“Most investors would not expect to see a 6% rise in the share price of a firm after it has just forecast a fourth consecutive drop in annual profits, but that is what they are getting with Next today,” says Russ Mould, AJ Bell Investment Director.
“Shareholders are shrugging off guidance from the retailer’s boss, Lord Simon Wolfson, that profits will drop very slightly in the years to January 2019 and January 2020, to £723 million and then £715 million, from the £726 million made in 2018.
Source: Company accounts, management guidance for fiscal 2019 and fiscal 2020. Company financial year to January.
“They are doing so because Next has provided no nasty surprises regarding Christmas trading, despite the downbeat news flow which has coloured so much of the commentary issues on the festive season so far (notably HMV’s return to administration, weak foot fall numbers on the High Street and the often alarming level of discounting visible in shop windows).
“The retailer met expectations with a 1% increase in like-for-like full-price product sales and a 1.5% like-for-like increase overall, a rate of growth which matched that of the Christmas period in 2017 and exceeded those seen in 2016 and 2015.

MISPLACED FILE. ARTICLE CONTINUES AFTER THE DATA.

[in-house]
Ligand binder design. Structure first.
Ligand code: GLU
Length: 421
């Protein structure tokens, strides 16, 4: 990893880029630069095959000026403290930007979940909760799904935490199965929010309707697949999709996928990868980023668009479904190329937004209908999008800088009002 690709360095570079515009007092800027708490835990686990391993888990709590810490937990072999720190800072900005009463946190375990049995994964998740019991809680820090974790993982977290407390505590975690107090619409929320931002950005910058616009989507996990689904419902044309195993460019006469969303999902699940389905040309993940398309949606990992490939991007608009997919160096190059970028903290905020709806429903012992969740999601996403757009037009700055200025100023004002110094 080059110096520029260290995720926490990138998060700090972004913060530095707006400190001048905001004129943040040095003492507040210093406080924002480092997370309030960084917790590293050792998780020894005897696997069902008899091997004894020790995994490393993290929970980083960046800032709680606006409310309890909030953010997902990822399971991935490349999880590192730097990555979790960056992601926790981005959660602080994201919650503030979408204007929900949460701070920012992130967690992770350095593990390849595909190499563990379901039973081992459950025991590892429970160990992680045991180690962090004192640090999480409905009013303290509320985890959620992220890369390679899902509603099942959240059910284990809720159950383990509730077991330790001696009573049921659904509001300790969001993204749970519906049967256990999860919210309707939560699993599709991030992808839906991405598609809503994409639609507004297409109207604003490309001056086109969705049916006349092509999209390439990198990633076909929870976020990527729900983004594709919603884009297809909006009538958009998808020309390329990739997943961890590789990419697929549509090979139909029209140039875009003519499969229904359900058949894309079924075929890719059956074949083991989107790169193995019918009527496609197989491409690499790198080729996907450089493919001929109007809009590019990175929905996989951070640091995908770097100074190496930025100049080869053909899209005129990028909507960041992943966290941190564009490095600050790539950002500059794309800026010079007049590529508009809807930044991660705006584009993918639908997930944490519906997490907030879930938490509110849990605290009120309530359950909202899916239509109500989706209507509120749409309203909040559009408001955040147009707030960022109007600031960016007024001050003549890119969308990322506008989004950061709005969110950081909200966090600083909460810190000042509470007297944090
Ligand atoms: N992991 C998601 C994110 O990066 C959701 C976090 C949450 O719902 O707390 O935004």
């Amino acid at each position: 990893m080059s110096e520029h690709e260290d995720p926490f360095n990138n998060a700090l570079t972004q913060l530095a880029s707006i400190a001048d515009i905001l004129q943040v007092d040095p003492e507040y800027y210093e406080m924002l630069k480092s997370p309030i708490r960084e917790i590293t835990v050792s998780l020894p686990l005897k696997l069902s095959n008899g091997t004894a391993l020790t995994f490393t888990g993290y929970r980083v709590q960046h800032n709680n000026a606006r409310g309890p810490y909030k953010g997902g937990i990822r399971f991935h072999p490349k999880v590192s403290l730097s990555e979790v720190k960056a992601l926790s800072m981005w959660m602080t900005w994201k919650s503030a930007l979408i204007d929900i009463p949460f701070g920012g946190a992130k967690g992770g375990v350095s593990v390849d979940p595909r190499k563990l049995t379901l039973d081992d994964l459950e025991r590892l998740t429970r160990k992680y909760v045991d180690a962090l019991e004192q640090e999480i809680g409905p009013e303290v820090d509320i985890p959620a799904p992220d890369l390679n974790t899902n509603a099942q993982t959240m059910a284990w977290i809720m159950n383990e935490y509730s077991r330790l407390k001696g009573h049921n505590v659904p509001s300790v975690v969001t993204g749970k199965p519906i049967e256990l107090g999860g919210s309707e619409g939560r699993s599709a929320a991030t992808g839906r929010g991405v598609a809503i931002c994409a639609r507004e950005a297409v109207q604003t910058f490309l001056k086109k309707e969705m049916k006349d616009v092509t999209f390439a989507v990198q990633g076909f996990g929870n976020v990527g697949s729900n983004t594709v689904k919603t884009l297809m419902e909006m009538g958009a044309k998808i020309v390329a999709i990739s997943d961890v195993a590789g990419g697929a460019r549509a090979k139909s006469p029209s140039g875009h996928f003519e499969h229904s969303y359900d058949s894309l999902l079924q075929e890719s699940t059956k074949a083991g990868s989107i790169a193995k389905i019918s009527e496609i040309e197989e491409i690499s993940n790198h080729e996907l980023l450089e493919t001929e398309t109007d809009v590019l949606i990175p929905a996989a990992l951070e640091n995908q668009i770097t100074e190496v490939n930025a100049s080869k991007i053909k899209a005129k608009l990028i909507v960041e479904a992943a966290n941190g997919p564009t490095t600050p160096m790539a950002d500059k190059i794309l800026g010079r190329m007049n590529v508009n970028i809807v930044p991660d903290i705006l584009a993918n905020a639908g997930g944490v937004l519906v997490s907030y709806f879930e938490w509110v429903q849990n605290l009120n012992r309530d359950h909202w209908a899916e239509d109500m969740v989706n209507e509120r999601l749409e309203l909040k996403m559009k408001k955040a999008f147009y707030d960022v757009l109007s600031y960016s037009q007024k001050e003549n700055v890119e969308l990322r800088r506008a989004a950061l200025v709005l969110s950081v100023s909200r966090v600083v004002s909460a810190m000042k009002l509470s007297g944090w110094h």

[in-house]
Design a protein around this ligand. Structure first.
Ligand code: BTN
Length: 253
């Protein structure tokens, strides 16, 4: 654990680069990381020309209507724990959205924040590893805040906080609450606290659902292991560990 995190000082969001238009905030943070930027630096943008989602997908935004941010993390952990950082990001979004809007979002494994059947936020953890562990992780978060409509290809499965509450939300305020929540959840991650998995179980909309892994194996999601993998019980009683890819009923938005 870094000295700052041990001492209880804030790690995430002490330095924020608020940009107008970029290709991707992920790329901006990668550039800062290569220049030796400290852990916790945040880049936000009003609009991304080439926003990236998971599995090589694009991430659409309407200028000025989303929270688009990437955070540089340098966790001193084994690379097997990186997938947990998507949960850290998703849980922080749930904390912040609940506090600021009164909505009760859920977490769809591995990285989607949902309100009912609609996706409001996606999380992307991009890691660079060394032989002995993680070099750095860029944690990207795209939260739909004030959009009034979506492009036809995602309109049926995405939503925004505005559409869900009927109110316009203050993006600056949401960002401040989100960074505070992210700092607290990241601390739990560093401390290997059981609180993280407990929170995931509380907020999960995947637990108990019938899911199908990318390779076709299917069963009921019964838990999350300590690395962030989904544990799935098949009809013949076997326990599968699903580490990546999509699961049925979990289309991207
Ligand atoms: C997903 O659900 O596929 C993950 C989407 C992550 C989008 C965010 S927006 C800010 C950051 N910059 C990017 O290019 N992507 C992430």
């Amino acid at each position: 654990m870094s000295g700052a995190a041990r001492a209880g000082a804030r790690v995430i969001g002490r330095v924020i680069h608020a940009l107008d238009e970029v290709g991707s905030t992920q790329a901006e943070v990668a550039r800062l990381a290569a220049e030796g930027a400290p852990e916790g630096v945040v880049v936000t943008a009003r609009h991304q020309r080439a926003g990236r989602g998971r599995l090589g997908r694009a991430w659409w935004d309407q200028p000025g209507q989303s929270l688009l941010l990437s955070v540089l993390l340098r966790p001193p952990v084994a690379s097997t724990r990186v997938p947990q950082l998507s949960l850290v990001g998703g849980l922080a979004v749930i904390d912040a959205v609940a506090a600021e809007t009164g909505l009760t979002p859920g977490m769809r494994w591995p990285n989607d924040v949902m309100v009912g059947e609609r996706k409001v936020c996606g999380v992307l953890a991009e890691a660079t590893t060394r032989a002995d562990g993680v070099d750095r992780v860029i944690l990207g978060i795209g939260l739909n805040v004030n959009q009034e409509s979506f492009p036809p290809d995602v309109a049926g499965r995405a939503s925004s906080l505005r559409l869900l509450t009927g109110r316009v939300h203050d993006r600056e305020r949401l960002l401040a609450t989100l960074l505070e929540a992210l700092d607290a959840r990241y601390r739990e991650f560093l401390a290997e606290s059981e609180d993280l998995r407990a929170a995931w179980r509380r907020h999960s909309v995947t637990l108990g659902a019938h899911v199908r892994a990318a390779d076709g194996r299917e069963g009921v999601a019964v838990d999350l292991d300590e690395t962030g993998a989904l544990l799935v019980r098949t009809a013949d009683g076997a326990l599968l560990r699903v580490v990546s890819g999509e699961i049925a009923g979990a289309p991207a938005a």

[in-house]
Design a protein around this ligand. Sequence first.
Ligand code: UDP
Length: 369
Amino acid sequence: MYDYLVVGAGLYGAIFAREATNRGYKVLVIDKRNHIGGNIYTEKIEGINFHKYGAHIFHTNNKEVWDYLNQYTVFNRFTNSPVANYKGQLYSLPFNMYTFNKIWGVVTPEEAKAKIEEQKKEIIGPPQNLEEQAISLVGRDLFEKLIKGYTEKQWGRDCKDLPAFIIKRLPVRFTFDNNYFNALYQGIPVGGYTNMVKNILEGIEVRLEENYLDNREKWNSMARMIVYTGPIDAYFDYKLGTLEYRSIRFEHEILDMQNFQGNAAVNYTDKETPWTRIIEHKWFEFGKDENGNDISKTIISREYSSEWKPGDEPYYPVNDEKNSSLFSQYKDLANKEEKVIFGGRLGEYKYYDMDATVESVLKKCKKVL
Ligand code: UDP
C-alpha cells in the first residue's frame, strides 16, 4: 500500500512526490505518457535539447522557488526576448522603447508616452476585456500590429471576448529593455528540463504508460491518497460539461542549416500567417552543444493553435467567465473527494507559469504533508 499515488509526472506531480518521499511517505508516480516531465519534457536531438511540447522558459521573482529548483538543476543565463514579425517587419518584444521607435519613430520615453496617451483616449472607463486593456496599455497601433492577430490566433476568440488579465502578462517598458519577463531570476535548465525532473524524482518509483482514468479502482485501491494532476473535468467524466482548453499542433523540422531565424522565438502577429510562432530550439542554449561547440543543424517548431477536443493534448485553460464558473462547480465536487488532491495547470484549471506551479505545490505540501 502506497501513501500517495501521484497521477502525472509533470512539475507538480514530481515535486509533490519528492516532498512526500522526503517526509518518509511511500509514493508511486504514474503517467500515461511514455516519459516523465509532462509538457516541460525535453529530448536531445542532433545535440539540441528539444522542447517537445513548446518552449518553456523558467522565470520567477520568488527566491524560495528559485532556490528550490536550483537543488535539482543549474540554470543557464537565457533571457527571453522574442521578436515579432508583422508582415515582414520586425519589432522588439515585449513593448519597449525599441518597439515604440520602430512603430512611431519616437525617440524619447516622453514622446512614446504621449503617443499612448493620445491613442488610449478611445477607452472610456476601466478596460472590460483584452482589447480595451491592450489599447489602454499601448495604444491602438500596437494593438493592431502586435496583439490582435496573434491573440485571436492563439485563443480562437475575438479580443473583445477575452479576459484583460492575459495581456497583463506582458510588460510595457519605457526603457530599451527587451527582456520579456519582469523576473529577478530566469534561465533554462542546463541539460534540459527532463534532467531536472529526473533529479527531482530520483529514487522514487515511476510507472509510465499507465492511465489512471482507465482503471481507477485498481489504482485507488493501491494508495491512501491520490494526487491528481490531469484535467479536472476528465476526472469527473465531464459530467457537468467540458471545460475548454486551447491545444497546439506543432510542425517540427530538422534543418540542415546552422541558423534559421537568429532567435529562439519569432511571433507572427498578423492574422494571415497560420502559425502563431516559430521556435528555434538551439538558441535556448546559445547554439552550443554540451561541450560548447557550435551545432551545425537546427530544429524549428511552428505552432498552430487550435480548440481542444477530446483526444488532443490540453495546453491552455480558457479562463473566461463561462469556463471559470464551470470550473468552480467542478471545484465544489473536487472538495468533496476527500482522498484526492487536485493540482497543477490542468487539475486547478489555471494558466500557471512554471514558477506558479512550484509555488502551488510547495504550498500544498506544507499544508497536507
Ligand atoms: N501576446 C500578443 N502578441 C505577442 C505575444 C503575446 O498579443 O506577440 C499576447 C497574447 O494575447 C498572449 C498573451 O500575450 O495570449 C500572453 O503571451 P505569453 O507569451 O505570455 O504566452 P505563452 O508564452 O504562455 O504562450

“Retail sales fell 9.2% year-on-year but online growth accelerated to 15.2% to take up the slack
Source: Company accounts. *Xmas does not cover the whole of the final quarter of the year which runs to the end of January.
“This again serves to remind investors that Next is no mere bricks-and-mortar retailer, as over half of its profits come online, with the shops serving as a useful destination for click-and-collect customers.
“Such strong online business, coupled with careful management of the shop estate and good cost control, helps to underpin Next’s robust cash flow, which in turn funds the company’s dividend payments.
“Management’s forecast that it expects to generate some £300 million in surplus cash in 2019-20, once all bills have been paid, investments in the core product and service proposition made and dividends paid, will reassure shareholders and this probably explains the warm reception given to the trading statement.
“Next’s 158p-a-year dividend seems well underpinned and that equates to a 3.6% dividend yield, some way ahead of anything that investors can get from cash in the bank or Government bond yields.
Source: Company accounts, analysts’ consensus forecasts for company years to January 2019 and January 2020.
“That said, investors will continue to watch the company’s profit margins, given the very slight downward steer in earnings guidance for the year, due to a seasonal slant in sales toward lower-margin beauty gifts but also the costs that come with the online business – dealing with returned products will be a particular burden here and one that investors should not forget when they assess other retailers, especially online plays such as ASOS, Boohoo and Quiz.